Salt Lake City’s new City Council, the youngest ever, leaves the baby boomer generation behind

(Al Hartmann | The Salt Lake Tribune) Newly elected City Council Members Chris Wharton, left, and Amy N. Fowler enjoy a laugh after taking the oath of office in ceremony outside the City-County Building Tuesday Jan. 2.

The Salt Lake City Council that took office Tuesday is not only the youngest ever, according to council office staff.

With its oldest member just 44, it is also the first of the post-Baby Boomer generation.

The “old-timer,” District 6 Councilman Charlie Luke, a Gen-Xer, is also the council’s longest serving member, at six years. Only one other member, District 2’s Andrew Johnston, is over 40.

Also a first: Three of the seven council members are gay, including two new council members who were sworn in to their first terms at Tuesday’s ceremony on the steps of City Hall.

Wharton, in his remarks, referenced that passing of the torch, as well as the contrasts and paradoxes of Salt Lake City and its residents that improbably meld together to move the city forward.

“Frankly, it’s how someone like me, a liberal, gay millennial, sixth-generation Utahn, can represent the district that includes [Mormon] Temple Square, the Utah Capitol, and the two oldest, most established neighborhoods in the state,” he said.

James Rogers, District 1: Starting his second term, Rogers called attention to significant economic projects underway in his district,along with the smaller ones that define and benefit communities and neighborhoods. ”The lifeblood of any community is powered by energy,virtue and intelligence of its citizens,” he said. “With all of the large-scale development occurring it is easy to forget that it is really the small and simple things that create the fabric of the community.”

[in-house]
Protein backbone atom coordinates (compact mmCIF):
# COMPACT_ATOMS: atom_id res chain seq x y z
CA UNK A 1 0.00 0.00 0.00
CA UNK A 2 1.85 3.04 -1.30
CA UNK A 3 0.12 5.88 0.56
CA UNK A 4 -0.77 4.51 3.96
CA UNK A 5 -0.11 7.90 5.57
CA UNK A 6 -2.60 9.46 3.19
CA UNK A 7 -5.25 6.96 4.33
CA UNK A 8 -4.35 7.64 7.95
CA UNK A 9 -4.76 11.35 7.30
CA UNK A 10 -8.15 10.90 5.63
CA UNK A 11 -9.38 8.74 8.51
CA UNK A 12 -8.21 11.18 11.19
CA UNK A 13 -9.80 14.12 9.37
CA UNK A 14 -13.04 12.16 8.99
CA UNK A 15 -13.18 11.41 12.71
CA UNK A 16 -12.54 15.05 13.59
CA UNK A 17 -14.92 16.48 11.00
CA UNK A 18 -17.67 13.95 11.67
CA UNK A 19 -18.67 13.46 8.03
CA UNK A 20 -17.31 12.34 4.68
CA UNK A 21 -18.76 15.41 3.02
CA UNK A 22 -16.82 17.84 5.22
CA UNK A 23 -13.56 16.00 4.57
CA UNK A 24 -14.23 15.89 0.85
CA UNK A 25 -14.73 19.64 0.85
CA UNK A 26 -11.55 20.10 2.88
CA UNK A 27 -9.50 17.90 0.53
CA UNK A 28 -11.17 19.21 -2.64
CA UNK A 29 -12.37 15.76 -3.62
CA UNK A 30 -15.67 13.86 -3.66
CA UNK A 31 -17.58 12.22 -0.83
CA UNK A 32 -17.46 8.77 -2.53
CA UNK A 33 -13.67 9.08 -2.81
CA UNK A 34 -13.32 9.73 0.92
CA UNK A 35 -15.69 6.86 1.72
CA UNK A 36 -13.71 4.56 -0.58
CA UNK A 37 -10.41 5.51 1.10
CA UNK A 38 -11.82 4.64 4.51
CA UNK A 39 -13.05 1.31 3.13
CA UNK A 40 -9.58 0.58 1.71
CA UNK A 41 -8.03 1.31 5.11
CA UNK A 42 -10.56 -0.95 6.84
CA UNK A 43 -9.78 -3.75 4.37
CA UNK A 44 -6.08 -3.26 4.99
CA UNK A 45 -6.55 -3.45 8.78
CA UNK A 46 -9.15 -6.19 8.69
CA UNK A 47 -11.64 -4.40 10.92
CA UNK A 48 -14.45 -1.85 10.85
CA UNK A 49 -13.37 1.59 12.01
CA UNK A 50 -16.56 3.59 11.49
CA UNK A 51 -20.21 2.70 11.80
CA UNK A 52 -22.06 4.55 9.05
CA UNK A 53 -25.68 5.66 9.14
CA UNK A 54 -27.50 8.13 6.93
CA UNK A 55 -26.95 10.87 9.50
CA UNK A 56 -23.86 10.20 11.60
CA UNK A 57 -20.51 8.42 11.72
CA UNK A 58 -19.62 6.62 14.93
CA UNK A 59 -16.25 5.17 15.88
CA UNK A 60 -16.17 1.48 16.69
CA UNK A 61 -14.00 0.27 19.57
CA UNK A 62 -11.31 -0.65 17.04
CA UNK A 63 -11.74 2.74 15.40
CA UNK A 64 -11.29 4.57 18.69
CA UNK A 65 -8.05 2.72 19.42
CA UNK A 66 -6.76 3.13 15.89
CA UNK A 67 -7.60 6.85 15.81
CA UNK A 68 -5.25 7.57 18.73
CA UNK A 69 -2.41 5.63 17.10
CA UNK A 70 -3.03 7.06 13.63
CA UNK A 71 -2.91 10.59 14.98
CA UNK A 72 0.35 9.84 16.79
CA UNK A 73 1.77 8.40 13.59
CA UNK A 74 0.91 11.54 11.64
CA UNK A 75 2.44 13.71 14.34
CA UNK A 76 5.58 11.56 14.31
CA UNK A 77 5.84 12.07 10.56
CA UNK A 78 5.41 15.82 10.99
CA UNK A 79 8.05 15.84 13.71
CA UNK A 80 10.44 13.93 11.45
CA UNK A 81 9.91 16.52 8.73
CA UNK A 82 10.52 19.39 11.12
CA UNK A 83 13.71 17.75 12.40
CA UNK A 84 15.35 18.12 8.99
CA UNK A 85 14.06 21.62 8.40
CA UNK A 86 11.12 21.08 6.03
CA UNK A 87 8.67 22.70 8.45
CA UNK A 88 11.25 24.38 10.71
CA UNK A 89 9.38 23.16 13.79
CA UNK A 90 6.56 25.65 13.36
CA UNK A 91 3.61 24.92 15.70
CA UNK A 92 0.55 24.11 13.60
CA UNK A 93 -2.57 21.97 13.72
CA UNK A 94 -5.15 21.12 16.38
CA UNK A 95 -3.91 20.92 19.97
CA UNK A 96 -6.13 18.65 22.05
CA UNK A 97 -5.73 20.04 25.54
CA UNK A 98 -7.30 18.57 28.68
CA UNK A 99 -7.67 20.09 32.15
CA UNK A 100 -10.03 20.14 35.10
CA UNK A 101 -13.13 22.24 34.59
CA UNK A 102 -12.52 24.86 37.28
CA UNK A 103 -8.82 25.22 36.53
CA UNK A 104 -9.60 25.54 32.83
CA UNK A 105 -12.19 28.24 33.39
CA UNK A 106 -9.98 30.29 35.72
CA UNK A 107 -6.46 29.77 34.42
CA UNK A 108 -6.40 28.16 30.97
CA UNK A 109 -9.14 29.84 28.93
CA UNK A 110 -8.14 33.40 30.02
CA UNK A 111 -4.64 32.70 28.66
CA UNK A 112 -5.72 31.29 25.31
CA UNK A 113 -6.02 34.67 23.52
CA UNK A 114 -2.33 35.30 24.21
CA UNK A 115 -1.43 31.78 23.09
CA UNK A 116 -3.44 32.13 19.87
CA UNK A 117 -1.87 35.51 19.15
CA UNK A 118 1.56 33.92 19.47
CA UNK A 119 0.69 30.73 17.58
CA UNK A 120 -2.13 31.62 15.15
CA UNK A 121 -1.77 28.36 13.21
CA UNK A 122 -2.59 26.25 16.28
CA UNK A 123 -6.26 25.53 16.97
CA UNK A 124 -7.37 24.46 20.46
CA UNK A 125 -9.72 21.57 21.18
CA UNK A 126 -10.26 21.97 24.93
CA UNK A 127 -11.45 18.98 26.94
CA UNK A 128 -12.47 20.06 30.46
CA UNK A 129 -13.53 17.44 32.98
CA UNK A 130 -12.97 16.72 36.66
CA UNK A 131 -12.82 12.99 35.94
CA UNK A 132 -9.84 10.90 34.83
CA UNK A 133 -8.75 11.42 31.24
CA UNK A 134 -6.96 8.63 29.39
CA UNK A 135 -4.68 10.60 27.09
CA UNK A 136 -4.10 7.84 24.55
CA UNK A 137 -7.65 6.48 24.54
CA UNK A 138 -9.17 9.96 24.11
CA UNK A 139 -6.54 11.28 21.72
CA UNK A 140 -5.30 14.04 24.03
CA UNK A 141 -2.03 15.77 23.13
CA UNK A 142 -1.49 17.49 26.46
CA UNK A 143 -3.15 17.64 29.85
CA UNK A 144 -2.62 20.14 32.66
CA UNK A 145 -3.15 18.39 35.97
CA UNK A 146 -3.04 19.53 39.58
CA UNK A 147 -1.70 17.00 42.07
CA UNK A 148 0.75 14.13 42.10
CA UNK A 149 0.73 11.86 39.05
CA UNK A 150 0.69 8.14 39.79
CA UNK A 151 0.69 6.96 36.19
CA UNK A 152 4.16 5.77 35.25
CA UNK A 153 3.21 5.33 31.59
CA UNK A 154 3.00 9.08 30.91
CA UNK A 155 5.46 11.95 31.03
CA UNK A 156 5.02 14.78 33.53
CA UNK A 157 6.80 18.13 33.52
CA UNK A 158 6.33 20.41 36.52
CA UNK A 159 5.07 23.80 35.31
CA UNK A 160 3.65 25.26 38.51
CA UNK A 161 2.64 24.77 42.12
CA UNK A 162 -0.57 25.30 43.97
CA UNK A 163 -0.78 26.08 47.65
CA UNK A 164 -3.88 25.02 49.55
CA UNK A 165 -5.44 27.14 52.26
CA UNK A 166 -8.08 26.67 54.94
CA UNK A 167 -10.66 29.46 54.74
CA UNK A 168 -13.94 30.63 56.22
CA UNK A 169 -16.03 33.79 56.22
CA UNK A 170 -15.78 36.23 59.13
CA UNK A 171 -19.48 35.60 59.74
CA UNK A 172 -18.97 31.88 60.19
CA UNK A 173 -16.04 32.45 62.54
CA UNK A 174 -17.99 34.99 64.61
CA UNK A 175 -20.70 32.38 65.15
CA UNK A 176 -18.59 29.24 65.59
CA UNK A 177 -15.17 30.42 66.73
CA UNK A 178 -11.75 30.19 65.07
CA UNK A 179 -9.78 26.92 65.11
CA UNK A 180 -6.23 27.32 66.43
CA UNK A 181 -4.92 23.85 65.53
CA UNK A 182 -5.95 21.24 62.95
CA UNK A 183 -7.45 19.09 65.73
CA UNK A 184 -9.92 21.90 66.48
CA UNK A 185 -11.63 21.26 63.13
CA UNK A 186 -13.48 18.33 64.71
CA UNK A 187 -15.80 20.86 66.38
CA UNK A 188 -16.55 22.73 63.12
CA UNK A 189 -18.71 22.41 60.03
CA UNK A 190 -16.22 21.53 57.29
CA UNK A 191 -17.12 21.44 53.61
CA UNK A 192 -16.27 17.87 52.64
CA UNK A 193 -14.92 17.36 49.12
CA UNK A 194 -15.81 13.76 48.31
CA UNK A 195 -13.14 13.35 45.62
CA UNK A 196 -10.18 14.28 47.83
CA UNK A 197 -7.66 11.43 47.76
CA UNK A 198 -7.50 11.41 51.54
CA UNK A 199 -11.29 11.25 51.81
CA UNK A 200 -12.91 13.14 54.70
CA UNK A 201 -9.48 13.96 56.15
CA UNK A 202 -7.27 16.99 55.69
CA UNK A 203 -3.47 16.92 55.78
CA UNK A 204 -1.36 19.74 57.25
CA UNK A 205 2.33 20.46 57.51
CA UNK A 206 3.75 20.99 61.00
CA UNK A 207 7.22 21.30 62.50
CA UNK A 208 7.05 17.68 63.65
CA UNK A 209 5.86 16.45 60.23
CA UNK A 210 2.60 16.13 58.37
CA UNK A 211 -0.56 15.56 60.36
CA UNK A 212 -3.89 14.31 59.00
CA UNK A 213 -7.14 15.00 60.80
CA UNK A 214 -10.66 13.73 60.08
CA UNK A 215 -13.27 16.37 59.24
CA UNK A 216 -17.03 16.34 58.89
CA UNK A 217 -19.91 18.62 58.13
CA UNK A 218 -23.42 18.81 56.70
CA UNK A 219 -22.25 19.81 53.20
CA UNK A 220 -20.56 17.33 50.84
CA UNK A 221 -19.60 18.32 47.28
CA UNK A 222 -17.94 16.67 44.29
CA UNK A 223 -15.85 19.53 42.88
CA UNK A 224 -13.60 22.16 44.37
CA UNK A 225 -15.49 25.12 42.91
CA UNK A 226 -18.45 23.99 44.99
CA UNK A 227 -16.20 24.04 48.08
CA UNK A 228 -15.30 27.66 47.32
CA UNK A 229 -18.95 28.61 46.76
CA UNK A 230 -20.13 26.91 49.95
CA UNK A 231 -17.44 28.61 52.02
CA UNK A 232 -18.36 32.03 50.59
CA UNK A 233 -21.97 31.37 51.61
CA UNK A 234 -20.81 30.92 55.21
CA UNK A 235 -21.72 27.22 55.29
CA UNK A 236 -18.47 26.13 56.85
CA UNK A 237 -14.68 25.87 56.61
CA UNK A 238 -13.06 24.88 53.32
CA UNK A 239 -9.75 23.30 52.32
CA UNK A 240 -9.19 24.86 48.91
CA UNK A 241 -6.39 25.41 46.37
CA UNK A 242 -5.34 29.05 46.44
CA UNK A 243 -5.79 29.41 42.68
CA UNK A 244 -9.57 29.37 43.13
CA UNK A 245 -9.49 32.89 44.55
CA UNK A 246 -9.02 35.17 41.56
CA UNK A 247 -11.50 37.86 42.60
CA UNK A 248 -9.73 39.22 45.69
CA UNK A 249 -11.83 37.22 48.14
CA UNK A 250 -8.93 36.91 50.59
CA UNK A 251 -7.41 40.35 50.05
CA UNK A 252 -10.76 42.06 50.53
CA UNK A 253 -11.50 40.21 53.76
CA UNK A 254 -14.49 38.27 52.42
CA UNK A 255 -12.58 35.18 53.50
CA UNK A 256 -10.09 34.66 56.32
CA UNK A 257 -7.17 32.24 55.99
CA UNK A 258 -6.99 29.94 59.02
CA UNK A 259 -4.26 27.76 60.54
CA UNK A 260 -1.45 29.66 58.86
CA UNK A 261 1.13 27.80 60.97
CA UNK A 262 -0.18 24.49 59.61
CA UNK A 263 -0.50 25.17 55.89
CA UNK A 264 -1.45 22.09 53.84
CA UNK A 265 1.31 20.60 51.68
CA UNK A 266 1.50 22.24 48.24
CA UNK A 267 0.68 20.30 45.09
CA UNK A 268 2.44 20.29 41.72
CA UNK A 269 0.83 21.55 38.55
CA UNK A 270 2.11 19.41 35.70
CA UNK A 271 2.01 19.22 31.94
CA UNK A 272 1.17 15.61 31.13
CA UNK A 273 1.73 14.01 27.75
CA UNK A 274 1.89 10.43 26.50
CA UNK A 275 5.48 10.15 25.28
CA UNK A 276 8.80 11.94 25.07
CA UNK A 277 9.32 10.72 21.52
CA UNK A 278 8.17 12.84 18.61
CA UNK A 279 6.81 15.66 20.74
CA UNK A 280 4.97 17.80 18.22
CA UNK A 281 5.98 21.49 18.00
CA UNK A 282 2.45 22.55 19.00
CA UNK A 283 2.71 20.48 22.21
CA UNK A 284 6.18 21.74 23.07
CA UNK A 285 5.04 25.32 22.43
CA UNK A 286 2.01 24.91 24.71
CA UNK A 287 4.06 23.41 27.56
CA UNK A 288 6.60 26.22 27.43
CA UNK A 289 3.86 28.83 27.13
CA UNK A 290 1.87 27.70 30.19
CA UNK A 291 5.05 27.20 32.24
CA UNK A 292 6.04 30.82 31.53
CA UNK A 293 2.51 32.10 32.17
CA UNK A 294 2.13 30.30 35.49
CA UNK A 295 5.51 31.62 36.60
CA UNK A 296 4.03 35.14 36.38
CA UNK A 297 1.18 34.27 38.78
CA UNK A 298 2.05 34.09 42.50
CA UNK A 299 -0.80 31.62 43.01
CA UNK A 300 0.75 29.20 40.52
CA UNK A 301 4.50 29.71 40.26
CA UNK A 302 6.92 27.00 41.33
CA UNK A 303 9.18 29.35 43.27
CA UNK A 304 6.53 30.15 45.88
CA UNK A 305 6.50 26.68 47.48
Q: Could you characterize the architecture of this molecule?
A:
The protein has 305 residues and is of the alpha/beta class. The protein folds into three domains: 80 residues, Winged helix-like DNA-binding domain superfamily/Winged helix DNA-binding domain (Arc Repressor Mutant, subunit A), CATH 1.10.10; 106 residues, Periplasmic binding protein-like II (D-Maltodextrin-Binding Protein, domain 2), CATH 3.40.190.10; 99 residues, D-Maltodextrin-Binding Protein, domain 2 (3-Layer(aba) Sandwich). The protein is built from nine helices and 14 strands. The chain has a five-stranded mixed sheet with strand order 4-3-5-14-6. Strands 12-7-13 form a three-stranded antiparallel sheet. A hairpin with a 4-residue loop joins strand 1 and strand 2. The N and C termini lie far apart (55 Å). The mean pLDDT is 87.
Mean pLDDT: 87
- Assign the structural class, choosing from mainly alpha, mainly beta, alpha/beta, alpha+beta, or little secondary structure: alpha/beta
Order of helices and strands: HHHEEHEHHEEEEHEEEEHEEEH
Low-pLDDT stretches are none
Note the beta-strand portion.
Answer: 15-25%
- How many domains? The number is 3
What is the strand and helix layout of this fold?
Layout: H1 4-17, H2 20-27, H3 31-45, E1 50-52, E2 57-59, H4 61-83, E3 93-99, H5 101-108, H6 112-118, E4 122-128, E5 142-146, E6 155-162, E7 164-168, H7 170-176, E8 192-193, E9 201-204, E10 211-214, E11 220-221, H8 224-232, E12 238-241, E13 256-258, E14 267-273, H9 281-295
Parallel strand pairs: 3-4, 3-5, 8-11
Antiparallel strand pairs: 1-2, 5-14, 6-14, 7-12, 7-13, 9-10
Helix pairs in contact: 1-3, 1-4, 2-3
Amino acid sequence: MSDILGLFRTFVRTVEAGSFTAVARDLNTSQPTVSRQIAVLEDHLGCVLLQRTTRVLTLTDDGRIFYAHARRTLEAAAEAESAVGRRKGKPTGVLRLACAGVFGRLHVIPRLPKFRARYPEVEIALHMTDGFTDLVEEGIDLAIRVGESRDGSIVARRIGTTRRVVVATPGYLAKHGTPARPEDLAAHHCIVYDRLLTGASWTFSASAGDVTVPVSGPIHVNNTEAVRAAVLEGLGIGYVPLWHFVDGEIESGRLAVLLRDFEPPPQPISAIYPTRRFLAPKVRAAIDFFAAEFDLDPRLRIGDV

Erin Mendenhall, District 5: Also starting her second term, Mendenhall, as did Rogers, invoked words from a character in 19thCentury writer George Eliot’s novel “Middlemarch,” who says: “What do we live for, if it is not to make life less difficult to each other?”“You do this every day,” she said. “This city is strong with community spirit and service of all kinds.”Mendenhall also highlighted the lack of women in elected office – they comprise only 27 percent of Utah’s elected officials – and the need for greater balance to work on gender inequality in areas such as equal pay.Later Tuesday, the council, at its first meeting of the year, voted to make Mendenhall council chair by a vote of 4-3 over current Vice Chair Charlie Luke. Wharton was chosen to serve as vice-chair.
Amy Fowler, District 7:The new council member described her childhood desire to “change the world,” a dream that faltered after two previous unsuccessful runs for office.“I thank you for not giving up on me and for not letting me give up on myself and my vow,”she said. “I can promise that I will work for you and I will work with you and that together, maybe I’ll make good on my vow and we can change the world.”

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